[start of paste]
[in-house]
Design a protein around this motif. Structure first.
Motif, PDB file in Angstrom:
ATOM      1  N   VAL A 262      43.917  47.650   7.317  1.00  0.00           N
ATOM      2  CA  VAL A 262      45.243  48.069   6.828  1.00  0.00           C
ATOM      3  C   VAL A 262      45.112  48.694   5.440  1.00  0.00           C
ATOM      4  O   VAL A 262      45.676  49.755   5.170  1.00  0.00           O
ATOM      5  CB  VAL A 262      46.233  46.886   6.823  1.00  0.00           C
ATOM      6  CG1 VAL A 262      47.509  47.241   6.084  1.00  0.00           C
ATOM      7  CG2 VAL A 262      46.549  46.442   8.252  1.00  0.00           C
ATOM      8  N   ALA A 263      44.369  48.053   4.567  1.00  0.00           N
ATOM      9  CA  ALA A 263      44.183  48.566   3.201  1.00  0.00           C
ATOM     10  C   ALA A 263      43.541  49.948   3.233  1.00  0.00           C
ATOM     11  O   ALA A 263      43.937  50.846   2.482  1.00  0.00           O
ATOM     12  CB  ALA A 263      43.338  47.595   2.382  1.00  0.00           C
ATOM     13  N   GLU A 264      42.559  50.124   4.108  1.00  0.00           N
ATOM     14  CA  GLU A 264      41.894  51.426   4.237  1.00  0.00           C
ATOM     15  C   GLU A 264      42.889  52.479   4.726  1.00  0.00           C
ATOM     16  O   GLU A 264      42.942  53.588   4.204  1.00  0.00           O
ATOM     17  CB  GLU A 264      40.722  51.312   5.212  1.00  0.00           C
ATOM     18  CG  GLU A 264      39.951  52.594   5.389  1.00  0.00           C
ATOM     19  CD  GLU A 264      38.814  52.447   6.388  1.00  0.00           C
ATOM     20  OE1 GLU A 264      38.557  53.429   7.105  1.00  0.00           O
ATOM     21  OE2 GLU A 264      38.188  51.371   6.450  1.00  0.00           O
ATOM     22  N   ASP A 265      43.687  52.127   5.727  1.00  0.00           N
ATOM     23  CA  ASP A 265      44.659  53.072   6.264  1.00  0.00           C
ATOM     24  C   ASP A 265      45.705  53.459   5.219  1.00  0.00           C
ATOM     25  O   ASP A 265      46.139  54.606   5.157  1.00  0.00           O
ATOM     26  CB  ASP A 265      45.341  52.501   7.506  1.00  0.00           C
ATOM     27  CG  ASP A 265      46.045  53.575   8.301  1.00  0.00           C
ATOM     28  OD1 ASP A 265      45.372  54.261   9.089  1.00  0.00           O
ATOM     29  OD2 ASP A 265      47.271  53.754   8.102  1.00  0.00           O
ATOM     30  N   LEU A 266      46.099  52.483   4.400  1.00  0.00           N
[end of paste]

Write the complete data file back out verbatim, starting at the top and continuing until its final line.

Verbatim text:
[in-house]
Design a protein around this motif. Structure first.
Motif, PDB file in Angstrom:
ATOM      1  N   VAL A 262      43.917  47.650   7.317  1.00  0.00           N
ATOM      2  CA  VAL A 262      45.243  48.069   6.828  1.00  0.00           C
ATOM      3  C   VAL A 262      45.112  48.694   5.440  1.00  0.00           C
ATOM      4  O   VAL A 262      45.676  49.755   5.170  1.00  0.00           O
ATOM      5  CB  VAL A 262      46.233  46.886   6.823  1.00  0.00           C
ATOM      6  CG1 VAL A 262      47.509  47.241   6.084  1.00  0.00           C
ATOM      7  CG2 VAL A 262      46.549  46.442   8.252  1.00  0.00           C
ATOM      8  N   ALA A 263      44.369  48.053   4.567  1.00  0.00           N
ATOM      9  CA  ALA A 263      44.183  48.566   3.201  1.00  0.00           C
ATOM     10  C   ALA A 263      43.541  49.948   3.233  1.00  0.00           C
ATOM     11  O   ALA A 263      43.937  50.846   2.482  1.00  0.00           O
ATOM     12  CB  ALA A 263      43.338  47.595   2.382  1.00  0.00           C
ATOM     13  N   GLU A 264      42.559  50.124   4.108  1.00  0.00           N
ATOM     14  CA  GLU A 264      41.894  51.426   4.237  1.00  0.00           C
ATOM     15  C   GLU A 264      42.889  52.479   4.726  1.00  0.00           C
ATOM     16  O   GLU A 264      42.942  53.588   4.204  1.00  0.00           O
ATOM     17  CB  GLU A 264      40.722  51.312   5.212  1.00  0.00           C
ATOM     18  CG  GLU A 264      39.951  52.594   5.389  1.00  0.00           C
ATOM     19  CD  GLU A 264      38.814  52.447   6.388  1.00  0.00           C
ATOM     20  OE1 GLU A 264      38.557  53.429   7.105  1.00  0.00           O
ATOM     21  OE2 GLU A 264      38.188  51.371   6.450  1.00  0.00           O
ATOM     22  N   ASP A 265      43.687  52.127   5.727  1.00  0.00           N
ATOM     23  CA  ASP A 265      44.659  53.072   6.264  1.00  0.00           C
ATOM     24  C   ASP A 265      45.705  53.459   5.219  1.00  0.00           C
ATOM     25  O   ASP A 265      46.139  54.606   5.157  1.00  0.00           O
ATOM     26  CB  ASP A 265      45.341  52.501   7.506  1.00  0.00           C
ATOM     27  CG  ASP A 265      46.045  53.575   8.301  1.00  0.00           C
ATOM     28  OD1 ASP A 265      45.372  54.261   9.089  1.00  0.00           O
ATOM     29  OD2 ASP A 265      47.271  53.754   8.102  1.00  0.00           O
ATOM     30  N   LEU A 266      46.099  52.483   4.400  1.00  0.00           N